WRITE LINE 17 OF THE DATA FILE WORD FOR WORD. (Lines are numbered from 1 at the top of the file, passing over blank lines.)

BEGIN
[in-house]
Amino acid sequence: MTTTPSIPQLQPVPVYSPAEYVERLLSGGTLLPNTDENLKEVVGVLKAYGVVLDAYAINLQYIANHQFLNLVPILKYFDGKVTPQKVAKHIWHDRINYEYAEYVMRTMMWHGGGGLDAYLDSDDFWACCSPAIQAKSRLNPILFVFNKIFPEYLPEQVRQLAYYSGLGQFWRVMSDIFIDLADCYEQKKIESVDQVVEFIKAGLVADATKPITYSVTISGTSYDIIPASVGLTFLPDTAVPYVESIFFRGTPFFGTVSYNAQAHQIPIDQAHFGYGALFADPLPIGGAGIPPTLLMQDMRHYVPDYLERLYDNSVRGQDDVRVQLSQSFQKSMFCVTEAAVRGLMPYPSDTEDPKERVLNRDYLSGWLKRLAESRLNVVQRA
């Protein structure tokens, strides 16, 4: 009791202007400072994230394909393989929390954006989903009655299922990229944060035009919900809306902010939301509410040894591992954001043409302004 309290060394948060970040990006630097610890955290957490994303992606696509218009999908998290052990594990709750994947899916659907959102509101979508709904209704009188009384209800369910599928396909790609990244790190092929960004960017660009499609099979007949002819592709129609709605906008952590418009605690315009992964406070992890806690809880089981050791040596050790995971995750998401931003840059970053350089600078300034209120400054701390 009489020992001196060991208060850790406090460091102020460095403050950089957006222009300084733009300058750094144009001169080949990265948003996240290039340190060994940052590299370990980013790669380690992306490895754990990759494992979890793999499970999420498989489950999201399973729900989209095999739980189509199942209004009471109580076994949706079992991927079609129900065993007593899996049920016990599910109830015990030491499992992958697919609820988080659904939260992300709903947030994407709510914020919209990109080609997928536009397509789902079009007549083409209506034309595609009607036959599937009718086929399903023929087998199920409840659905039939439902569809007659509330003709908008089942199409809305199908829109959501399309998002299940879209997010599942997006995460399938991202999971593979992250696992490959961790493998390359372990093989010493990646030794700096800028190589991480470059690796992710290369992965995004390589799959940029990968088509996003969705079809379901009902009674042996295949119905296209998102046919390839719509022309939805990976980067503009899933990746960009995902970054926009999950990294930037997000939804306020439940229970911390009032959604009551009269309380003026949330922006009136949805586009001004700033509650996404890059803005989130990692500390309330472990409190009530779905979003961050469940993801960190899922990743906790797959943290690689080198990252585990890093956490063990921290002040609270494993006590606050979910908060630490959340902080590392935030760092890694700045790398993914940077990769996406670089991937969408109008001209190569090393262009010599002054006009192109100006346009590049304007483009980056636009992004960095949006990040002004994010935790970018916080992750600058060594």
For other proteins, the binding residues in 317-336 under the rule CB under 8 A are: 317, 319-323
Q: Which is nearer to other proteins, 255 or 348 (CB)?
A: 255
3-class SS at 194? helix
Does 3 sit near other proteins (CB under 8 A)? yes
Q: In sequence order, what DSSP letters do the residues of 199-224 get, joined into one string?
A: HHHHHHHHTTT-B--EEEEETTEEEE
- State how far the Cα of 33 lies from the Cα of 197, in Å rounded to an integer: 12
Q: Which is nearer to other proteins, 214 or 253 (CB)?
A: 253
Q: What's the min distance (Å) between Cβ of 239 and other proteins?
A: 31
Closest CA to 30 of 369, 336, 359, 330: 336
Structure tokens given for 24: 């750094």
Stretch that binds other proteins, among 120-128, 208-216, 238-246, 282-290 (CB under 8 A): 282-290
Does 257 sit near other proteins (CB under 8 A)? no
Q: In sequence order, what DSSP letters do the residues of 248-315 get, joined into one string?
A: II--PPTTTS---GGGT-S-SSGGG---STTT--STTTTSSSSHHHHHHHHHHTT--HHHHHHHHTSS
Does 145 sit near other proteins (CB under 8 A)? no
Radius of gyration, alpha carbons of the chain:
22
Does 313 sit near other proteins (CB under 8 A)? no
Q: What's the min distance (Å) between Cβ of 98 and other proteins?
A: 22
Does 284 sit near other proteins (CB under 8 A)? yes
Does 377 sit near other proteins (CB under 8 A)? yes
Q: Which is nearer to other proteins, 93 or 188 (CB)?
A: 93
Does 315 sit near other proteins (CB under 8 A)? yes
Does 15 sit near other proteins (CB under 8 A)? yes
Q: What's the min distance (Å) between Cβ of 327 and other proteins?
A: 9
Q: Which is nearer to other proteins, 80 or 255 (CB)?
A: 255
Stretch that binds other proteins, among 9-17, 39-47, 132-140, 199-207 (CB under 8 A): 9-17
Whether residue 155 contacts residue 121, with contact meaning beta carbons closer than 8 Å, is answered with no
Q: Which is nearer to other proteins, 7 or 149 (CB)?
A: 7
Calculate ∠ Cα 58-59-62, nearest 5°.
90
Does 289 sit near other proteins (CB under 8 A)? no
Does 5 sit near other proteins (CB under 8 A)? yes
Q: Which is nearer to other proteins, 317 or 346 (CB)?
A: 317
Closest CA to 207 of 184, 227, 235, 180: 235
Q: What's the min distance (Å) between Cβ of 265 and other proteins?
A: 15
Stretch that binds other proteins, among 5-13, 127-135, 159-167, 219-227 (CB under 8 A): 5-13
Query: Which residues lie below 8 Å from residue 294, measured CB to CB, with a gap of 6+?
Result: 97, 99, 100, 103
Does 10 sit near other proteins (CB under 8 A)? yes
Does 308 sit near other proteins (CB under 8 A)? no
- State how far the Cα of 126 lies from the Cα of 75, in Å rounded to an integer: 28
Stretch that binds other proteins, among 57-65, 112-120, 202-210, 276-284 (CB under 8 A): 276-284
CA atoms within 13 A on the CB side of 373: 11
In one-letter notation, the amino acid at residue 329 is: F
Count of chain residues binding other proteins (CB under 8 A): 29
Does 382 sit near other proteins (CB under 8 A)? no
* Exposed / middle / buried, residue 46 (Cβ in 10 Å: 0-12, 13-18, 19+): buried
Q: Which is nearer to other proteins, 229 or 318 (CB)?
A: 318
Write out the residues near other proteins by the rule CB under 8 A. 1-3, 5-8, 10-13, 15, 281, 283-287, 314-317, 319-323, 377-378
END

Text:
Structure tokens given for 24: 């750094």